Will fertilizer kill microbes?

bigoledude(SE Louisiana)May 8, 2014

I've been gardening for many years. Organic gardening just seemed to be too much effort and, I was never very impressed with the gardens of the very few folks around me who tried it.

My income is now fixed and low! Spending less is now more attractive. I always made my own compost. Was/am I killing the beneficial microbes with the 20-20-20 or, the "tea" I made by soaking a knee-high full of 13-13-13 in a bucket of water?

I have a nearly endless source of fish guts/bones/heads. Horse-stable gleanings are free to me. My plan is to make a good bit of bio-char for the soil.

I've read tons of material on the web concerning organic methods. It seems that I can benefit from many of the methods. Especially liked the methods espoused by Gil Caradang over at "The Unconventional Farmer". He addresses pest/pathogen issues better than anyone else I've read YET. That is a MAJOR factor here in this primordial cauldron here in SE Louisiana.

Anyway, would an occasional small dose of fertilizer kill the beneficial microbes in my soil? Has anyone else here tried the methods of Gil Caradang?

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nil13(z21 L.A., CA (Mt. Washington))

The dose makes the poison. Small amounts of fertilizer are food for microbes. Large amounts are harmful.

If you have been using a balanced fertilizer for a while, you ought to have your soil tested. You may very well have too much phosphorus.

    Bookmark   May 9, 2014 at 1:08AM
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Synthetic fertilizers could do harm to the soil microbes, depending on how much organic matter is in that soil. The soil microbes live on organic matter and if there is little they will either go dormant, until the amount of OM in the soil is enough to support them, or the acids that synthetic fertilizers make might kill them.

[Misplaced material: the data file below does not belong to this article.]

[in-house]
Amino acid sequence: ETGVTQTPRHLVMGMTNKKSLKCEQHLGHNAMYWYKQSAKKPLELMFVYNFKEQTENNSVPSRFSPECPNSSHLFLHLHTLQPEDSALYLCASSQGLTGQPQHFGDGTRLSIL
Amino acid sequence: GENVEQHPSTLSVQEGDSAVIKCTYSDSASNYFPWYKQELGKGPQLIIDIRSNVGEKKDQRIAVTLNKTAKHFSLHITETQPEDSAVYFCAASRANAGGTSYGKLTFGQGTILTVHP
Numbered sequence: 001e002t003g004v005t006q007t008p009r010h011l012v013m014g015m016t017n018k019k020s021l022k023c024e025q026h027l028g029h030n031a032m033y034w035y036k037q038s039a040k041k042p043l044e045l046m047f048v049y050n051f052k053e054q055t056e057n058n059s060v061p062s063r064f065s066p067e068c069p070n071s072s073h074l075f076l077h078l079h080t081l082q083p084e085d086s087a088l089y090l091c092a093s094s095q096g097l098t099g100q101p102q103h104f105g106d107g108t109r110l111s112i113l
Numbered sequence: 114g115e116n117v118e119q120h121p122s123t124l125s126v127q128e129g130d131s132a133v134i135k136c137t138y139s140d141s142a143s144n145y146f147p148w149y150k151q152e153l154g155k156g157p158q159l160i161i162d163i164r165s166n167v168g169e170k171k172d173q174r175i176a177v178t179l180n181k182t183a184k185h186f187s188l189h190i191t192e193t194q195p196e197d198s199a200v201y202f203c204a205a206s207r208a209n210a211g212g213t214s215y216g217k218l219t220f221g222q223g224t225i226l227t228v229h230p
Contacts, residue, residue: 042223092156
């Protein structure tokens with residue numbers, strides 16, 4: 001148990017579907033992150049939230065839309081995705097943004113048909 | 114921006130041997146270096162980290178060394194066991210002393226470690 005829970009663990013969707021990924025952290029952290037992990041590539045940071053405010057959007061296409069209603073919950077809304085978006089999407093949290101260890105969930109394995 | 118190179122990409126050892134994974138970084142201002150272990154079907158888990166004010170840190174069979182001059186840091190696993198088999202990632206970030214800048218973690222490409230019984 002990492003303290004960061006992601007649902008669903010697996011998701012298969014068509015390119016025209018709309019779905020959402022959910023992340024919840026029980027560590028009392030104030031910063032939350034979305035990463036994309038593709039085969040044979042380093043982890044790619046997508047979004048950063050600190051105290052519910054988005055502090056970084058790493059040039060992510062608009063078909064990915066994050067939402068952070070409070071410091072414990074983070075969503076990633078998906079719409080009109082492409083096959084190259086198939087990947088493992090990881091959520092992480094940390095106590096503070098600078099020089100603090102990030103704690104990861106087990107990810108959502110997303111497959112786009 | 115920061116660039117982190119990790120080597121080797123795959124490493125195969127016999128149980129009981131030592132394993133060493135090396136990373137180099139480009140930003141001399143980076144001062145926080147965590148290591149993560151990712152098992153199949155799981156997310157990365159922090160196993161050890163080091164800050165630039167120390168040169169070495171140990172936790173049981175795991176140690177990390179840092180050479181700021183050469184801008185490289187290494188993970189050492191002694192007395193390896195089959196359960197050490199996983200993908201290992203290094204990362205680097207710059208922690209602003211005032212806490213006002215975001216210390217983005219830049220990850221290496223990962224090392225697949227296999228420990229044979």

I have not, until now, heard of Gil Caradang and what
I have seen indicates to me that he is following more of a bio dynamic type of gardening.

    Bookmark   May 9, 2014 at 6:52AM
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Anyway, would an occasional small dose of fertilizer kill the beneficial microbes in my soil?

In short, no.

    Bookmark   May 9, 2014 at 11:12AM
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I suspect the perception of chemically fertilized soil as being 'dead' has more to do with a tendency for fertilizer users to neglect organic matter, rather than the fertilizer itself doing any damage to microbes. That would actually require so much that it would kill the plants first.

I try to use organic methods whenever possible, but fertilizer and pesticides are in my toolbox and I use them when I need to. So I'm not strictly organic or [whatever you call the other way]. Works for me. :-]

This post was edited by toxcrusadr on Fri, May 9, 14 at 16:04

    Bookmark   May 9, 2014 at 11:46AM
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One drawback with chemical fertilizers seems to be with earth worms. They don't like it.

I get this info from professional worm harvesters, who ask if you use chemical fertilizers - if so, they move onto someone who doesn't.

    Bookmark   May 9, 2014 at 4:38PM
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I'm with toxcrusadr - everything in moderation. OM is good for the soil and the plants that grow in it but strict organic gardening isn't for everyone. It isn't necessarily eco-friendly, and the use of chemical fertilizers isn't necessarily vile.

There's a huge difference between pesticides - most of which don't occur in nature - and fertilizer compounds - which occur in nature but at much smaller concentrations.

Let's not even address the complicated issues of how the fish, pigs, cows etc. used for producing the fish meal, blood meal and bone meal, are fed and raised. If they were fed grain raised with chemical fertilizers, you're better off just using those fertilizers to begin with, on a national/global environmental perspective.

    Bookmark   May 10, 2014 at 1:08AM
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bigoledude(SE Louisiana)

Thanks for the responses folks. I didn't intend to go for the "officially" sanctioned organic method. I just plan on spending as little as possible on chemical solutions to my garden needs. Especially since I have access to so much good free stuff.

My concern was mainly if I was wasting time and effort trying to get a really good micro-herd going if I use a little chems occasionally?

It became necessary for me to move my garden to the other side of my property. So, I'm having to start all over again with trying to amend this very sandy soil.

Gil Caradang at "The Unconventional Farmer" uses methods I had never even heard of before. Then, I began reading some of the posts by our "resident expert" here CaptainCompostAl and realized that he has been promoting many similar methods.

It is good to know that I am gonna be OK using a little chemical help while I'm trying to re-establish a healthy microbe-infested soil.

    Bookmark   May 10, 2014 at 2:47AM
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